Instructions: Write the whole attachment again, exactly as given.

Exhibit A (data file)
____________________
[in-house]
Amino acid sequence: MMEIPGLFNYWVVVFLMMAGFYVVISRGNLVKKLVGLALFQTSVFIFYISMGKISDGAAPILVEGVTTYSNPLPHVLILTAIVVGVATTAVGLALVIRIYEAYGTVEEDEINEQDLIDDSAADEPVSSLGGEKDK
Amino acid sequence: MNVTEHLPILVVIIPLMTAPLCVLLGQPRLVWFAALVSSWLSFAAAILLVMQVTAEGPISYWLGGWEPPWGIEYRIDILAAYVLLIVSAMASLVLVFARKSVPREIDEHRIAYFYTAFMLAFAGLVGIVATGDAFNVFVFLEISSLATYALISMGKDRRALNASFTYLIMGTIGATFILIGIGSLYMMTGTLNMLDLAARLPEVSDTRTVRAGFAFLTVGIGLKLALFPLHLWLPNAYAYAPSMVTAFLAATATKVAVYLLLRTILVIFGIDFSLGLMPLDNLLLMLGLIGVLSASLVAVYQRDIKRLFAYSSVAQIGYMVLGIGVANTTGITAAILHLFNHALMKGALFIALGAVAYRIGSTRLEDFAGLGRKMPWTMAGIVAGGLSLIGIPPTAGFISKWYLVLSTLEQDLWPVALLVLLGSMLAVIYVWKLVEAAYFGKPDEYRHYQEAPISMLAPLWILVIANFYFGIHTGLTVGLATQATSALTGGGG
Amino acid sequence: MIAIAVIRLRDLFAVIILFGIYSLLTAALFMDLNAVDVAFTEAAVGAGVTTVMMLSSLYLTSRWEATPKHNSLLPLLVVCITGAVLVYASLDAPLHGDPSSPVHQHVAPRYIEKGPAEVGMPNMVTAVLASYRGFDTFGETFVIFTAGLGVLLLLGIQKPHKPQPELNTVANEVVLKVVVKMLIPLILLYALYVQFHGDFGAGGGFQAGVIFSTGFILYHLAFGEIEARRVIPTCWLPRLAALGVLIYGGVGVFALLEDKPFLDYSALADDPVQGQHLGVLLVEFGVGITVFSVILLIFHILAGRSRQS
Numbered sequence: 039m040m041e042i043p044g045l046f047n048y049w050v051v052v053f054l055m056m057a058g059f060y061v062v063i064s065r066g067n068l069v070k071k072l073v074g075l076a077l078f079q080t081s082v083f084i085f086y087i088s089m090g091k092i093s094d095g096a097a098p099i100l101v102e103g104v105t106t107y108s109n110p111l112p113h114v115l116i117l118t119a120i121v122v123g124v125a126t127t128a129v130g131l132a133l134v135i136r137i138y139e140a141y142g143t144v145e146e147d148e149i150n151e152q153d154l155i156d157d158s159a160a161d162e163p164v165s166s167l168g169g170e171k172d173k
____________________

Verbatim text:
[in-house]
Amino acid sequence: MMEIPGLFNYWVVVFLMMAGFYVVISRGNLVKKLVGLALFQTSVFIFYISMGKISDGAAPILVEGVTTYSNPLPHVLILTAIVVGVATTAVGLALVIRIYEAYGTVEEDEINEQDLIDDSAADEPVSSLGGEKDK
Amino acid sequence: MNVTEHLPILVVIIPLMTAPLCVLLGQPRLVWFAALVSSWLSFAAAILLVMQVTAEGPISYWLGGWEPPWGIEYRIDILAAYVLLIVSAMASLVLVFARKSVPREIDEHRIAYFYTAFMLAFAGLVGIVATGDAFNVFVFLEISSLATYALISMGKDRRALNASFTYLIMGTIGATFILIGIGSLYMMTGTLNMLDLAARLPEVSDTRTVRAGFAFLTVGIGLKLALFPLHLWLPNAYAYAPSMVTAFLAATATKVAVYLLLRTILVIFGIDFSLGLMPLDNLLLMLGLIGVLSASLVAVYQRDIKRLFAYSSVAQIGYMVLGIGVANTTGITAAILHLFNHALMKGALFIALGAVAYRIGSTRLEDFAGLGRKMPWTMAGIVAGGLSLIGIPPTAGFISKWYLVLSTLEQDLWPVALLVLLGSMLAVIYVWKLVEAAYFGKPDEYRHYQEAPISMLAPLWILVIANFYFGIHTGLTVGLATQATSALTGGGG
Amino acid sequence: MIAIAVIRLRDLFAVIILFGIYSLLTAALFMDLNAVDVAFTEAAVGAGVTTVMMLSSLYLTSRWEATPKHNSLLPLLVVCITGAVLVYASLDAPLHGDPSSPVHQHVAPRYIEKGPAEVGMPNMVTAVLASYRGFDTFGETFVIFTAGLGVLLLLGIQKPHKPQPELNTVANEVVLKVVVKMLIPLILLYALYVQFHGDFGAGGGFQAGVIFSTGFILYHLAFGEIEARRVIPTCWLPRLAALGVLIYGGVGVFALLEDKPFLDYSALADDPVQGQHLGVLLVEFGVGITVFSVILLIFHILAGRSRQS
Numbered sequence: 039m040m041e042i043p044g045l046f047n048y049w050v051v052v053f054l055m056m057a058g059f060y061v062v063i064s065r066g067n068l069v070k071k072l073v074g075l076a077l078f079q080t081s082v083f084i085f086y087i088s089m090g091k092i093s094d095g096a097a098p099i100l101v102e103g104v105t106t107y108s109n110p111l112p113h114v115l116i117l118t119a120i121v122v123g124v125a126t127t128a129v130g131l132a133l134v135i136r137i138y139e140a141y142g143t144v145e146e147d148e149i150n151e152q153d154l155i156d157d158s159a160a161d162e163p164v165s166s167l168g169g170e171k172d173k